Authors: Baumgartner JC, Reid DE, Pickett AB.
Title: Human pulpal reaction to the modified McInnes bleaching technique.
Journal: J Endod
Date: Dec 1983
Citation: 9(12):527-9
Category: Bleaching/Tooth Whitening
Evidence-based Ranking: 2
Purpose/Objectives: To determine histologically the effects of this technique on the pulp. Materials & Methods: Nine patients, each with four caries-/restoration-/stain-free premolars that were scheduled for extraction for orthodontic purposes were used in the study. One maxillary and one mandibular premolar were treated with the Modified McInnes Bleaching Technique and the contralateral premolars served as controls. For each patient, tooth vitality was verified and radiographs were taken prior to beginning the treatment and all teeth were determined to be WNL. All teeth in the study were cleaned and polished with pumice and water. Teeth were isolated with rubber dam. The test teeth were treated with mixture of 1 ml 36% hydrochloric acid, 1 ml of 30% hydrogen peroxide and 0.2 ml of diethyl ether. The mixture was applied to the facial surface of each test tooth with a cotton applicator for 5 minutes. Control teeth had saline applied to the facial surface. Next a fine cuttle disk was used with very light pressure on the treated and the control teeth for 15 seconds. This process was repeated 2 times resulting in application of the bleaching mixture or saline for a total of 15 minutes and application of the cuttle disk for 45 seconds. At intervals of 1,3,5,7,9,11,13,17 and 19 days, four teeth from the same candidate were extracted. The pulp tissue was fixed, teeth were decalcified and examined microscopically for amount of cellular displacement, superficial and deep inflammatory response. These factors were graded as mild, moderate or severe.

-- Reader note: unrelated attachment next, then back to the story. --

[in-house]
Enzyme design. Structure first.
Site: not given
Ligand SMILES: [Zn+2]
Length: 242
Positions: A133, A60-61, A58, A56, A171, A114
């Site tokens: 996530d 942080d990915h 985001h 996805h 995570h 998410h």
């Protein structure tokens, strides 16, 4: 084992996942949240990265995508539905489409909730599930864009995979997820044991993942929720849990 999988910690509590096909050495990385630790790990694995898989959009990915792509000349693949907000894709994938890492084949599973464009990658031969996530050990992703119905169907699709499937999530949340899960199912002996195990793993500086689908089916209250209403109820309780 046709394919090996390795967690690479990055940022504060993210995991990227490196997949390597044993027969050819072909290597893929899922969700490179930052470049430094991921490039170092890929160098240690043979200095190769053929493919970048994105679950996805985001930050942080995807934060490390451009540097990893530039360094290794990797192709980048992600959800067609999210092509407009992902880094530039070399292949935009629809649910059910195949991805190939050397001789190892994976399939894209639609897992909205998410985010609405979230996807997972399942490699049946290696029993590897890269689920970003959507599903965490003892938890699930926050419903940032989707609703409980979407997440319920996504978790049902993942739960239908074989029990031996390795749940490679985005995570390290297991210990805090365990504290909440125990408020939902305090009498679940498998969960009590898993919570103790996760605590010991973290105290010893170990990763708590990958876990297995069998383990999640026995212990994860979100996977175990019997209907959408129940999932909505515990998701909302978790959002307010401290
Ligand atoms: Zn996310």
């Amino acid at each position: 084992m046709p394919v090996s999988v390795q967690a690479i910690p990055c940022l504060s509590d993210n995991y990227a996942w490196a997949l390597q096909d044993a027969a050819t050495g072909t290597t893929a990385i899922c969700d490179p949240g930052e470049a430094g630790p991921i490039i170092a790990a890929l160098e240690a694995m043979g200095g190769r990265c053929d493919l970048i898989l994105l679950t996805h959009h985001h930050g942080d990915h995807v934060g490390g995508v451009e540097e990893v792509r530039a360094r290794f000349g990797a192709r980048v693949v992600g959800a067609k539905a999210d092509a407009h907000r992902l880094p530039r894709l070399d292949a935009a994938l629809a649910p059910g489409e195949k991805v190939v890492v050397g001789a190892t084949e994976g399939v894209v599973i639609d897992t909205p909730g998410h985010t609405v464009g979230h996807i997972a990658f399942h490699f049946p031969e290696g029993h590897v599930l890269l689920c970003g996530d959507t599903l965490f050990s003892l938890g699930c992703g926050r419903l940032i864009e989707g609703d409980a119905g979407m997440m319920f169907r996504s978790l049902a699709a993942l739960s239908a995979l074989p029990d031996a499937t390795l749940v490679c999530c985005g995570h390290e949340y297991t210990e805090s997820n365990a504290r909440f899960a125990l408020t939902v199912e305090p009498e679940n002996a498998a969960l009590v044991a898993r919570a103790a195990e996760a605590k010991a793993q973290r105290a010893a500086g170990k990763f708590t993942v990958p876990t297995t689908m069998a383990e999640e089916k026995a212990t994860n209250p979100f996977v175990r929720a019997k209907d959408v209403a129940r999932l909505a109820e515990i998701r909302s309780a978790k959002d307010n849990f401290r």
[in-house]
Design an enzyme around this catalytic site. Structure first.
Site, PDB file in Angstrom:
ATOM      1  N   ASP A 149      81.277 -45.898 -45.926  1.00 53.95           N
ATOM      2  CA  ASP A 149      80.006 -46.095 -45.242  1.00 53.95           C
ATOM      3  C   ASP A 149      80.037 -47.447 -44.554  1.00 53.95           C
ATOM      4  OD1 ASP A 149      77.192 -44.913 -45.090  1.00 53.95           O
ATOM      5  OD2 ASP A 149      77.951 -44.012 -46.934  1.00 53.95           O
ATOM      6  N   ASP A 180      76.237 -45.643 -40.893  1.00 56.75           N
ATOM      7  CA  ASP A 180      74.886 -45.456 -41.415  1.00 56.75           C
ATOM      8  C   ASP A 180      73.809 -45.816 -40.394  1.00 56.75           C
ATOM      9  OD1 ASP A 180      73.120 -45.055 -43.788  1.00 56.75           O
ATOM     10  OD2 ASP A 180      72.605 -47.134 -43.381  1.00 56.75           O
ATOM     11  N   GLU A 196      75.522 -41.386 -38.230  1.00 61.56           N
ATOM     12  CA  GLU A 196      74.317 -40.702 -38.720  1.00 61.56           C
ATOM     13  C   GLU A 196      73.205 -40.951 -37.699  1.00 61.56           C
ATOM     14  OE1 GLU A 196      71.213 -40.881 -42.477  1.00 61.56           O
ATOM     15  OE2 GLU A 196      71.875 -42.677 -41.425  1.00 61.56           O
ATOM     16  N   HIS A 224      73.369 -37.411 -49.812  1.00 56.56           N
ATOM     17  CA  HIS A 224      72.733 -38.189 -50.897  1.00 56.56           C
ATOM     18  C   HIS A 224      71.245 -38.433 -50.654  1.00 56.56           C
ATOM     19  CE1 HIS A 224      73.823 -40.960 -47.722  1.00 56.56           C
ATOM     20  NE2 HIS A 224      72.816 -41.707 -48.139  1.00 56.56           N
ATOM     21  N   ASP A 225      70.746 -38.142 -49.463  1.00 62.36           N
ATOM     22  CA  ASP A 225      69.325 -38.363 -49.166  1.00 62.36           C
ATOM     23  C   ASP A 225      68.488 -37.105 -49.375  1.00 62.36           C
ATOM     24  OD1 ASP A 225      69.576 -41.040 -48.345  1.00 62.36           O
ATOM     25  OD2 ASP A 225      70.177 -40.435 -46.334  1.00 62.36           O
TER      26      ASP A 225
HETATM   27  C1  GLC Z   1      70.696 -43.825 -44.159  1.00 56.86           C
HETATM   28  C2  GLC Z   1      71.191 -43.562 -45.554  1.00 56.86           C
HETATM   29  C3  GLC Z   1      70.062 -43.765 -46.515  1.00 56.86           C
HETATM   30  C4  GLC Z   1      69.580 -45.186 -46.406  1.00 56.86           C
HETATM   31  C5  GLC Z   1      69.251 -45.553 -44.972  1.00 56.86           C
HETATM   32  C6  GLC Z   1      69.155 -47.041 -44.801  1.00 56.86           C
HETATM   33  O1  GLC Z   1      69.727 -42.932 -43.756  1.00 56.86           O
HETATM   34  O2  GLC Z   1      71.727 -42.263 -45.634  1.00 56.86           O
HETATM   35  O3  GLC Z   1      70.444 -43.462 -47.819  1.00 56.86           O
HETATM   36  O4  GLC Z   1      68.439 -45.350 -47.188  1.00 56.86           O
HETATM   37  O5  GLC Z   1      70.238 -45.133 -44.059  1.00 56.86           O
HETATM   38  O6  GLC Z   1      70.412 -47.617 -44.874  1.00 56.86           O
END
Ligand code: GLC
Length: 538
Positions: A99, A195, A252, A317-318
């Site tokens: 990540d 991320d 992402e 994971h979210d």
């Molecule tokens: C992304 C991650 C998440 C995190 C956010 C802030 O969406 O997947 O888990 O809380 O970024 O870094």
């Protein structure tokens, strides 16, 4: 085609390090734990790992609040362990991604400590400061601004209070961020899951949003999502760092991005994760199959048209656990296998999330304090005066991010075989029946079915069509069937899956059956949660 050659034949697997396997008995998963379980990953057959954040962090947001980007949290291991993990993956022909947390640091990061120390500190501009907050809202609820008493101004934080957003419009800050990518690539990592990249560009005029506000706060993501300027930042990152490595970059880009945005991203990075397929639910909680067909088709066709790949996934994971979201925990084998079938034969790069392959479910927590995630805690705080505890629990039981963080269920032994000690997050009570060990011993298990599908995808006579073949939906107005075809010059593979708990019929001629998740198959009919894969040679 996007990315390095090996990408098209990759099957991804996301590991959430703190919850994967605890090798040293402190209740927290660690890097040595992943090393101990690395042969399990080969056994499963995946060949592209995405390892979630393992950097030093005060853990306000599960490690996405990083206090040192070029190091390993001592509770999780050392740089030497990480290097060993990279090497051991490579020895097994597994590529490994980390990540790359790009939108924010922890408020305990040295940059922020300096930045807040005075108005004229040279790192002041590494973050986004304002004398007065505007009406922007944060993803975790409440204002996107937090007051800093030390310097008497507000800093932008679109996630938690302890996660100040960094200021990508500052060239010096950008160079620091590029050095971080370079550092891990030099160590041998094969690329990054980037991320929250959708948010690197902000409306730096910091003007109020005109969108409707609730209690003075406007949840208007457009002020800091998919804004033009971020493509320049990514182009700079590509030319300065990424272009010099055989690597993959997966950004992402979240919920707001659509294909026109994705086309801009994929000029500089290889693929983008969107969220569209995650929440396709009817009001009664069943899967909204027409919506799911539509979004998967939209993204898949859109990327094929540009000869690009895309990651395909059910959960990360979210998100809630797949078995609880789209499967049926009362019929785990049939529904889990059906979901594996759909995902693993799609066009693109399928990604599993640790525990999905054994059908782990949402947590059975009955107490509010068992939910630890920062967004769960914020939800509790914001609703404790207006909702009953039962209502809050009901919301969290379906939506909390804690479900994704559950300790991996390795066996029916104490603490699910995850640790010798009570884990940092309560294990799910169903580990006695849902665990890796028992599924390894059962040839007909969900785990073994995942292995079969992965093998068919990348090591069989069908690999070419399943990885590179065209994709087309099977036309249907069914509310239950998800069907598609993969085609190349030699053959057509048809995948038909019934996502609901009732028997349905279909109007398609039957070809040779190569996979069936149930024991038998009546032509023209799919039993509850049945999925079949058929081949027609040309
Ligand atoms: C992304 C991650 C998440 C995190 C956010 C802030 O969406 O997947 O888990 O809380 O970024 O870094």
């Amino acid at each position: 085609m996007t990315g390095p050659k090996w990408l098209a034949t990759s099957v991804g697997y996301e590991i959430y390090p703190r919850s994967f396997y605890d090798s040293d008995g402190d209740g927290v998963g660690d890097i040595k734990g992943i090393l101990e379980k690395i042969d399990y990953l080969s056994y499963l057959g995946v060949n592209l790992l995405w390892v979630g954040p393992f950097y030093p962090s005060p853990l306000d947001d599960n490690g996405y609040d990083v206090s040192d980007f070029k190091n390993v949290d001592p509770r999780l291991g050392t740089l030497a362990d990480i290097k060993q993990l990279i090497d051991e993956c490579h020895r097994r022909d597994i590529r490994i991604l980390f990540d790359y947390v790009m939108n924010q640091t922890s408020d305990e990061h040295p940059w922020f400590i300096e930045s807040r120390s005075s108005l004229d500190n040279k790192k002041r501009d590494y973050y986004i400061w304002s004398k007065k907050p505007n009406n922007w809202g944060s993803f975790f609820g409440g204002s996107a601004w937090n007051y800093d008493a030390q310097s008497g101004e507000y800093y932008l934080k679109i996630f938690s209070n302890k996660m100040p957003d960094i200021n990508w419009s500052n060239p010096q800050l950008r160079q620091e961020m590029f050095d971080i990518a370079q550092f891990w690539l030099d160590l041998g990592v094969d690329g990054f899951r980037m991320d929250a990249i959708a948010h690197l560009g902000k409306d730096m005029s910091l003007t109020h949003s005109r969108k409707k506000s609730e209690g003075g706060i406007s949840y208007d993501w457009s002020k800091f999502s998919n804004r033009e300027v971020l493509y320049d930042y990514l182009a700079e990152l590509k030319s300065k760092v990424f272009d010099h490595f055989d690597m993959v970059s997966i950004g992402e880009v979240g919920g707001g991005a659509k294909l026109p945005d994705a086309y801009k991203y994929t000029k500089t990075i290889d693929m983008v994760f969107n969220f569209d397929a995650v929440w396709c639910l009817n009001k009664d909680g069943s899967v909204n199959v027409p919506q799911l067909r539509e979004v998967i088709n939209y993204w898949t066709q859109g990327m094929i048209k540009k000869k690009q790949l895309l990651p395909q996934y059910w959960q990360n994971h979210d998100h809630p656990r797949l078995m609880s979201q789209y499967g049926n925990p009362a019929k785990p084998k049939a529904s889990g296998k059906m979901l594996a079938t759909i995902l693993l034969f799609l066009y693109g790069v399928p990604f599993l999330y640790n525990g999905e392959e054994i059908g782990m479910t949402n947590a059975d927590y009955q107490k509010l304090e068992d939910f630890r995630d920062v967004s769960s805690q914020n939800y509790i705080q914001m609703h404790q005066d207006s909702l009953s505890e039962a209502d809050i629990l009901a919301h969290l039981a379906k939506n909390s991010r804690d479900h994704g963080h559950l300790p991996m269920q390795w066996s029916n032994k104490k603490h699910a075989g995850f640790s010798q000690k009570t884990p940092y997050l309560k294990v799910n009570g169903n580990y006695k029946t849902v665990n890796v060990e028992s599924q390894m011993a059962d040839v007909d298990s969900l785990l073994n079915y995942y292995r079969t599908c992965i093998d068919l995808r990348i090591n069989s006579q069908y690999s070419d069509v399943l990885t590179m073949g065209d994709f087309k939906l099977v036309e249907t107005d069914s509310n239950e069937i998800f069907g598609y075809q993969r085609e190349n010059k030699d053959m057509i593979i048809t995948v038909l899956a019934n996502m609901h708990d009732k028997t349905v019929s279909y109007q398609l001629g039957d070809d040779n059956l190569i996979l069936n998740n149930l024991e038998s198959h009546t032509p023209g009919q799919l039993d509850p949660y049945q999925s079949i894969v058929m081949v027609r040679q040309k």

Results: Results showed that of the 36 teeth treated, 25 pulps (12 control and 13 treated) showed no pulpal changes, 6 control and 5 treated teeth had mild to moderate pulpal inflammation and no teeth exhibited severe inflammation.

AuthorsÂ’ Conclusions: Microscopic examination of teeth treated with this bleaching technique revealed no significant pulpal reaction, even when a substantial amount of enamel was removed from the facial surface of the crowns.

Validity of Conclusions: Conclusions appear valid based on the scope of the study.

ReviewerÂ’s Comments: This article reviews a technique of external bleaching, intended to be used to remove stain in cases of endemic dental fluorosis. The article shows that in treating the teeth as done here (application of the acid solution for a total of 15 minutes and disking for a total of 45 seconds) a significant amount of enamel can be removed. Because of this, if ever using this technique, caution should be used to not remove too much enamel.